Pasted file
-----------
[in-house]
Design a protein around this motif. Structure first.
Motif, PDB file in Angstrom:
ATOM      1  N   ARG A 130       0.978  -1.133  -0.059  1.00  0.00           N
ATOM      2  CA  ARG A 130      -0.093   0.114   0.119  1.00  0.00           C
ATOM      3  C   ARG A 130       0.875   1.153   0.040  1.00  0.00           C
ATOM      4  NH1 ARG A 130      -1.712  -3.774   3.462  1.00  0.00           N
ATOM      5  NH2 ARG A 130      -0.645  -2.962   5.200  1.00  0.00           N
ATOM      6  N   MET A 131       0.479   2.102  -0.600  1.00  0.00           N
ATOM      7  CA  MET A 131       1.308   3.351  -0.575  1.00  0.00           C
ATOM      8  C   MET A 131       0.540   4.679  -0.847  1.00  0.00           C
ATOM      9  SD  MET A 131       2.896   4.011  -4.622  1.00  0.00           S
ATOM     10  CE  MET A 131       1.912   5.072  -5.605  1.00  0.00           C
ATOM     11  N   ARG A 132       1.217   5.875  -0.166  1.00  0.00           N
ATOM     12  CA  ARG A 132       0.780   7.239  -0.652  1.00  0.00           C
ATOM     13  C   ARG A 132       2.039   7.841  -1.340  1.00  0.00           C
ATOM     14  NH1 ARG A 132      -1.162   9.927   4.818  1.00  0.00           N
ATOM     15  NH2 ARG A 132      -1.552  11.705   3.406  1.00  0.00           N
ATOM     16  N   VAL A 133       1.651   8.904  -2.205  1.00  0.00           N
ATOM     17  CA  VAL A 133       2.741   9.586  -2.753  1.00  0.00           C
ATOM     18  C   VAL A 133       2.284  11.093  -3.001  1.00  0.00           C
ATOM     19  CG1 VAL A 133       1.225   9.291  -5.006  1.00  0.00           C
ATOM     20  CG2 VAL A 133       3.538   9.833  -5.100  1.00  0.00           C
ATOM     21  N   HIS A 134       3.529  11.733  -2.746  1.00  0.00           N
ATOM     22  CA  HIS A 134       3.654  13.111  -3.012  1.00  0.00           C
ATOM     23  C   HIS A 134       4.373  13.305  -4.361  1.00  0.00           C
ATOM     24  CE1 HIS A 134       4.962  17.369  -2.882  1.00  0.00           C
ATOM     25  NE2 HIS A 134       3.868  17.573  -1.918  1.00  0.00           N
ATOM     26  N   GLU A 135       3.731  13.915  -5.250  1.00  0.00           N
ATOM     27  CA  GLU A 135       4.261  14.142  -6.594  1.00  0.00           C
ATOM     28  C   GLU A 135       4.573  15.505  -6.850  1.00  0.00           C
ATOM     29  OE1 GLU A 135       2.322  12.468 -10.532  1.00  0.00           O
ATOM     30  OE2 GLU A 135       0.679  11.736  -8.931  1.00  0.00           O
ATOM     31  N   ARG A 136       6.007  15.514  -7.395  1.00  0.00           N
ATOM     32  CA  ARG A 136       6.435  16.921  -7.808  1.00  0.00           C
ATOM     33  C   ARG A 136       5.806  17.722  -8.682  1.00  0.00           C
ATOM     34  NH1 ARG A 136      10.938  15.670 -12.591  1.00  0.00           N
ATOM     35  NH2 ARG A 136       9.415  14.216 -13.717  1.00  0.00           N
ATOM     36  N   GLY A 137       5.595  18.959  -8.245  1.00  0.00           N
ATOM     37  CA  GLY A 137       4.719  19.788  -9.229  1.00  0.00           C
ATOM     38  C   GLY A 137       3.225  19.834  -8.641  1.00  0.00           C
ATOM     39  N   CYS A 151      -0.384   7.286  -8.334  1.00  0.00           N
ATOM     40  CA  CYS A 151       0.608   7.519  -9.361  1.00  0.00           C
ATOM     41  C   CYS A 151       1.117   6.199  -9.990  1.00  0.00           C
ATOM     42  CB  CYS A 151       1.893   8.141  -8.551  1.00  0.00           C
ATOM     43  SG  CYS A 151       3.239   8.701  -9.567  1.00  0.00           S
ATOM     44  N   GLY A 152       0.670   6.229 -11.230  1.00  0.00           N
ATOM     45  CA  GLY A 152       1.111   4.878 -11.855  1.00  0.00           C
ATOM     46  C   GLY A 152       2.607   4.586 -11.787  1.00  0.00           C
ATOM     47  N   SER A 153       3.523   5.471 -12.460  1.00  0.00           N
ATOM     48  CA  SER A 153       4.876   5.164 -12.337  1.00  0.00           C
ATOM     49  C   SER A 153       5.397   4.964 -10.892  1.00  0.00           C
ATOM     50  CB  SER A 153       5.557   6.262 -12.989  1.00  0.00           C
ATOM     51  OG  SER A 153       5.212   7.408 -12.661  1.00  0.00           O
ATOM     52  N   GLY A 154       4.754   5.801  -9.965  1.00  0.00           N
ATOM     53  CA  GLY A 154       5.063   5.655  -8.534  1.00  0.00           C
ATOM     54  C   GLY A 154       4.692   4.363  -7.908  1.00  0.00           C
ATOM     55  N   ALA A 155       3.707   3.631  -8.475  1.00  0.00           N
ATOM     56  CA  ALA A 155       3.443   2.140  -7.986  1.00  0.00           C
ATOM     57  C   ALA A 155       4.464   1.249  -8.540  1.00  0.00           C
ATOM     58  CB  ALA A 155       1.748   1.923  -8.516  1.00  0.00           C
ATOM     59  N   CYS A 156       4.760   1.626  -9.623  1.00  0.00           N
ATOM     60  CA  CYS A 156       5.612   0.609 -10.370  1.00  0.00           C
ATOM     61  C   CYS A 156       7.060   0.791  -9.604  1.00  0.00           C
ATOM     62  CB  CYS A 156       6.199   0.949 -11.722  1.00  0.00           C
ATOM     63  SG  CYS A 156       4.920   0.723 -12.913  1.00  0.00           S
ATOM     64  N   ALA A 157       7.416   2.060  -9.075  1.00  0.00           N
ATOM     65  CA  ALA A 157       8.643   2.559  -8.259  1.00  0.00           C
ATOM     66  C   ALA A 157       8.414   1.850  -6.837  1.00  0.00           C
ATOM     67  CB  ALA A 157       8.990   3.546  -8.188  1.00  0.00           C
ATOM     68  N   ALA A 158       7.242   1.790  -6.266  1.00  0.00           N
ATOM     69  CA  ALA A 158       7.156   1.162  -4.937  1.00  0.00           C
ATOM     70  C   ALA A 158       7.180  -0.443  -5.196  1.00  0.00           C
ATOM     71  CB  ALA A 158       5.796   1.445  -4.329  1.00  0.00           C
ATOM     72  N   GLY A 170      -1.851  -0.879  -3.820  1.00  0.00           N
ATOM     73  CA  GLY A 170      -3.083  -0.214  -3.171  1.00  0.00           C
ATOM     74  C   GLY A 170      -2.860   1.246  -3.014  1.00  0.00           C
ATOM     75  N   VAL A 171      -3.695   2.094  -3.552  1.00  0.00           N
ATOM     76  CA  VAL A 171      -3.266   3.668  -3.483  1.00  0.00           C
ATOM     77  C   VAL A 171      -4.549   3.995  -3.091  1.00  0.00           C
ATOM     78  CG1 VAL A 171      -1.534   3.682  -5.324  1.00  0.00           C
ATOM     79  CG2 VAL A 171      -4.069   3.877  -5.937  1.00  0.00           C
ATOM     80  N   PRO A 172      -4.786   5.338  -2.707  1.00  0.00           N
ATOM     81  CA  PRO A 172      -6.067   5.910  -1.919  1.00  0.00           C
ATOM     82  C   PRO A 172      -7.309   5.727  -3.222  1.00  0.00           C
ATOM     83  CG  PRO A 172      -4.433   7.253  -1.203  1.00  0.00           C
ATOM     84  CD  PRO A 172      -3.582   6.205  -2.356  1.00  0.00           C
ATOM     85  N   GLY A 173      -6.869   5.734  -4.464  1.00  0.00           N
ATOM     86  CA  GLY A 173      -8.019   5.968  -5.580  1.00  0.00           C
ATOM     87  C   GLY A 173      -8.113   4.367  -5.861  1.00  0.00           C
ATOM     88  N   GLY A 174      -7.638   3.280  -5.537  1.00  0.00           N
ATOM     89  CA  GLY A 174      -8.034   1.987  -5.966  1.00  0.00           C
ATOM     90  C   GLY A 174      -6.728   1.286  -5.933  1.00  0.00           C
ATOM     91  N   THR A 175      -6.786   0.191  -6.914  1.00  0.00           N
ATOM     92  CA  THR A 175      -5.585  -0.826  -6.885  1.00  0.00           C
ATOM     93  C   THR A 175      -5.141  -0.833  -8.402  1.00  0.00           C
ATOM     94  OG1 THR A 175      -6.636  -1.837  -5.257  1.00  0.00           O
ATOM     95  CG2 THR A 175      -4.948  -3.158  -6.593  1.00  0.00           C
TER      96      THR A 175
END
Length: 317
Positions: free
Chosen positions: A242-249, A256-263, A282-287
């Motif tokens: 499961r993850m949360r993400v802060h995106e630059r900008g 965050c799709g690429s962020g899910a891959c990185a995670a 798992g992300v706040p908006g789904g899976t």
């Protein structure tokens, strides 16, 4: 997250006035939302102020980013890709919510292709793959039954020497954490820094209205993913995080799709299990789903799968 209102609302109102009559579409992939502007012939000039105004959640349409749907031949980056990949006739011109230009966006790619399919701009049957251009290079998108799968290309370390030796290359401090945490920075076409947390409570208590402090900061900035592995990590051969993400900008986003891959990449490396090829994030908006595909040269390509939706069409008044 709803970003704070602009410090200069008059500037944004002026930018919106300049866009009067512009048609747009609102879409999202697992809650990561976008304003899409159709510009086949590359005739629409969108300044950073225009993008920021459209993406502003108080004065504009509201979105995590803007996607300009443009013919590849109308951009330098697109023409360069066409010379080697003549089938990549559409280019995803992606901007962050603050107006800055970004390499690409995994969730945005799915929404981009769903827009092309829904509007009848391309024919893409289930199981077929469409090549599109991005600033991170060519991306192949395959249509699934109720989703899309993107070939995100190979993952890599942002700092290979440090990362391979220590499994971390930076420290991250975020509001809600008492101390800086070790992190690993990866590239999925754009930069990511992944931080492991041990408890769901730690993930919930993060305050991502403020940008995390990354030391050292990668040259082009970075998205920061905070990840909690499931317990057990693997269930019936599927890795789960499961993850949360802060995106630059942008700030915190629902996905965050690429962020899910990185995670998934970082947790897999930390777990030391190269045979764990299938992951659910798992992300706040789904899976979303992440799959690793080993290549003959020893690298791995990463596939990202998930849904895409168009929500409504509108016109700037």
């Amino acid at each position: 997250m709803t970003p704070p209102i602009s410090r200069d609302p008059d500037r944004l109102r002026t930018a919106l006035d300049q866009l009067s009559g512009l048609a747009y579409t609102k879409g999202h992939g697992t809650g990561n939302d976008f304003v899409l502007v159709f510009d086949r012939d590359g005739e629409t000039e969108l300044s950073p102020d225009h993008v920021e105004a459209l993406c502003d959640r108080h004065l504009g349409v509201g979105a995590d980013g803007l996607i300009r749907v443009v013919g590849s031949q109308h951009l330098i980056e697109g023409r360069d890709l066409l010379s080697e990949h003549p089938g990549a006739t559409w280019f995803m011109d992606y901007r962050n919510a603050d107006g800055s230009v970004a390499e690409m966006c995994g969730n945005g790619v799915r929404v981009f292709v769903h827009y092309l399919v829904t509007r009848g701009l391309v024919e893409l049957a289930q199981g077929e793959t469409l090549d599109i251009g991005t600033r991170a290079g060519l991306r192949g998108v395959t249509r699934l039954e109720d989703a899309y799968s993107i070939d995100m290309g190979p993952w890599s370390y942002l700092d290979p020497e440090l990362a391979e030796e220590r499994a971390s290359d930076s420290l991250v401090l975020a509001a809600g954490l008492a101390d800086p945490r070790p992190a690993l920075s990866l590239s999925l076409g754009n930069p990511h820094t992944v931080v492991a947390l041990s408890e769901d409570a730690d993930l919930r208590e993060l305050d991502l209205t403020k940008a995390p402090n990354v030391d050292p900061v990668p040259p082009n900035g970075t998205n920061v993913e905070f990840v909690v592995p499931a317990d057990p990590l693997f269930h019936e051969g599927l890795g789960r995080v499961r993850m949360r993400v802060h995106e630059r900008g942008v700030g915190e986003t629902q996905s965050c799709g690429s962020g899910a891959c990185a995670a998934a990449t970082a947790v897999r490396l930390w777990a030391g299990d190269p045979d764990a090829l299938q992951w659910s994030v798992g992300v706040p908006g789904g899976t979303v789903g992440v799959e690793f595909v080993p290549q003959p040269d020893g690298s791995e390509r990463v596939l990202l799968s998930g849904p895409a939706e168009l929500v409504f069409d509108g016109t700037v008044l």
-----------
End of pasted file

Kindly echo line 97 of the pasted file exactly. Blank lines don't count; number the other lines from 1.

ATOM     94  OG1 THR A 175      -6.636  -1.837  -5.257  1.00  0.00           O